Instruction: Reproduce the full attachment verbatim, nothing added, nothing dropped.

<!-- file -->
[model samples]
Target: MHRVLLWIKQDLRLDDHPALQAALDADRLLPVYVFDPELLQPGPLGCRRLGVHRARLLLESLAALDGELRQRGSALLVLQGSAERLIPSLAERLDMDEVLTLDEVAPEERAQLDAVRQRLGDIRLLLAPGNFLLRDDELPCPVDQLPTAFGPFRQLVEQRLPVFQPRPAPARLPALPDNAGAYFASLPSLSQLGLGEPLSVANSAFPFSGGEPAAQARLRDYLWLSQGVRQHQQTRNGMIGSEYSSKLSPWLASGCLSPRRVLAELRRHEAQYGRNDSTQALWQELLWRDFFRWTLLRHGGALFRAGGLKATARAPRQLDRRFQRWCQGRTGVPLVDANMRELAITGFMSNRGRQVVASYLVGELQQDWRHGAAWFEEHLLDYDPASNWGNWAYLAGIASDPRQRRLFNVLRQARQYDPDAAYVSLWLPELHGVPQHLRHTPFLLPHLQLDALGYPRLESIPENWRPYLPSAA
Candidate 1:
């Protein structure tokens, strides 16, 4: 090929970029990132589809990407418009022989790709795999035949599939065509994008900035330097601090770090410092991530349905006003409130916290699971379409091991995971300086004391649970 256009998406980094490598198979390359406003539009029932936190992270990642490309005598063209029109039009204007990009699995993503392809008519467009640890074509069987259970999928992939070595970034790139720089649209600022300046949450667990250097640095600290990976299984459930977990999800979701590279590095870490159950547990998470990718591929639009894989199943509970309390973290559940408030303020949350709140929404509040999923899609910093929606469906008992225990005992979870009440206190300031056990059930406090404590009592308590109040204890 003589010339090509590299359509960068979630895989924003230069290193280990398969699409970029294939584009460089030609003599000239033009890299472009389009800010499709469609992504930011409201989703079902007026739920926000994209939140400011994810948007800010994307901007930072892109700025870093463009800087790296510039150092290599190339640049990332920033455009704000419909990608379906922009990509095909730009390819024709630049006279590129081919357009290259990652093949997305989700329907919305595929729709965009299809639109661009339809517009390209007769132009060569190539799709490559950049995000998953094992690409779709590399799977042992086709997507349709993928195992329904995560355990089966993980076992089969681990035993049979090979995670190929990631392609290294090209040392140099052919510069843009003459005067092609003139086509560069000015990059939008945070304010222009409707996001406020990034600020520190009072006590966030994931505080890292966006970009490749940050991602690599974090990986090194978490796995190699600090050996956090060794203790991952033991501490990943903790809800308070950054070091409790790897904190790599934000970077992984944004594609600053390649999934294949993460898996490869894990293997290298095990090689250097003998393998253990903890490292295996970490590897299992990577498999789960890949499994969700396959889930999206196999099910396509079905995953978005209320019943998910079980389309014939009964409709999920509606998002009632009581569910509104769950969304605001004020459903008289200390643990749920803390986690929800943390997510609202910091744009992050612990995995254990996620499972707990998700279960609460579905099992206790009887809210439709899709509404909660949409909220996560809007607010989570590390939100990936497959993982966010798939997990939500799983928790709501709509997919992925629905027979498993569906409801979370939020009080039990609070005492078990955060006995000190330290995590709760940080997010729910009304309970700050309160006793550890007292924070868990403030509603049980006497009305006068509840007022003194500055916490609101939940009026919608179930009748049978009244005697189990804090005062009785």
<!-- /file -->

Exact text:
[model samples]
Target: MHRVLLWIKQDLRLDDHPALQAALDADRLLPVYVFDPELLQPGPLGCRRLGVHRARLLLESLAALDGELRQRGSALLVLQGSAERLIPSLAERLDMDEVLTLDEVAPEERAQLDAVRQRLGDIRLLLAPGNFLLRDDELPCPVDQLPTAFGPFRQLVEQRLPVFQPRPAPARLPALPDNAGAYFASLPSLSQLGLGEPLSVANSAFPFSGGEPAAQARLRDYLWLSQGVRQHQQTRNGMIGSEYSSKLSPWLASGCLSPRRVLAELRRHEAQYGRNDSTQALWQELLWRDFFRWTLLRHGGALFRAGGLKATARAPRQLDRRFQRWCQGRTGVPLVDANMRELAITGFMSNRGRQVVASYLVGELQQDWRHGAAWFEEHLLDYDPASNWGNWAYLAGIASDPRQRRLFNVLRQARQYDPDAAYVSLWLPELHGVPQHLRHTPFLLPHLQLDALGYPRLESIPENWRPYLPSAA
Candidate 1:
């Protein structure tokens, strides 16, 4: 090929970029990132589809990407418009022989790709795999035949599939065509994008900035330097601090770090410092991530349905006003409130916290699971379409091991995971300086004391649970 256009998406980094490598198979390359406003539009029932936190992270990642490309005598063209029109039009204007990009699995993503392809008519467009640890074509069987259970999928992939070595970034790139720089649209600022300046949450667990250097640095600290990976299984459930977990999800979701590279590095870490159950547990998470990718591929639009894989199943509970309390973290559940408030303020949350709140929404509040999923899609910093929606469906008992225990005992979870009440206190300031056990059930406090404590009592308590109040204890 003589010339090509590299359509960068979630895989924003230069290193280990398969699409970029294939584009460089030609003599000239033009890299472009389009800010499709469609992504930011409201989703079902007026739920926000994209939140400011994810948007800010994307901007930072892109700025870093463009800087790296510039150092290599190339640049990332920033455009704000419909990608379906922009990509095909730009390819024709630049006279590129081919357009290259990652093949997305989700329907919305595929729709965009299809639109661009339809517009390209007769132009060569190539799709490559950049995000998953094992690409779709590399799977042992086709997507349709993928195992329904995560355990089966993980076992089969681990035993049979090979995670190929990631392609290294090209040392140099052919510069843009003459005067092609003139086509560069000015990059939008945070304010222009409707996001406020990034600020520190009072006590966030994931505080890292966006970009490749940050991602690599974090990986090194978490796995190699600090050996956090060794203790991952033991501490990943903790809800308070950054070091409790790897904190790599934000970077992984944004594609600053390649999934294949993460898996490869894990293997290298095990090689250097003998393998253990903890490292295996970490590897299992990577498999789960890949499994969700396959889930999206196999099910396509079905995953978005209320019943998910079980389309014939009964409709999920509606998002009632009581569910509104769950969304605001004020459903008289200390643990749920803390986690929800943390997510609202910091744009992050612990995995254990996620499972707990998700279960609460579905099992206790009887809210439709899709509404909660949409909220996560809007607010989570590390939100990936497959993982966010798939997990939500799983928790709501709509997919992925629905027979498993569906409801979370939020009080039990609070005492078990955060006995000190330290995590709760940080997010729910009304309970700050309160006793550890007292924070868990403030509603049980006497009305006068509840007022003194500055916490609101939940009026919608179930009748049978009244005697189990804090005062009785």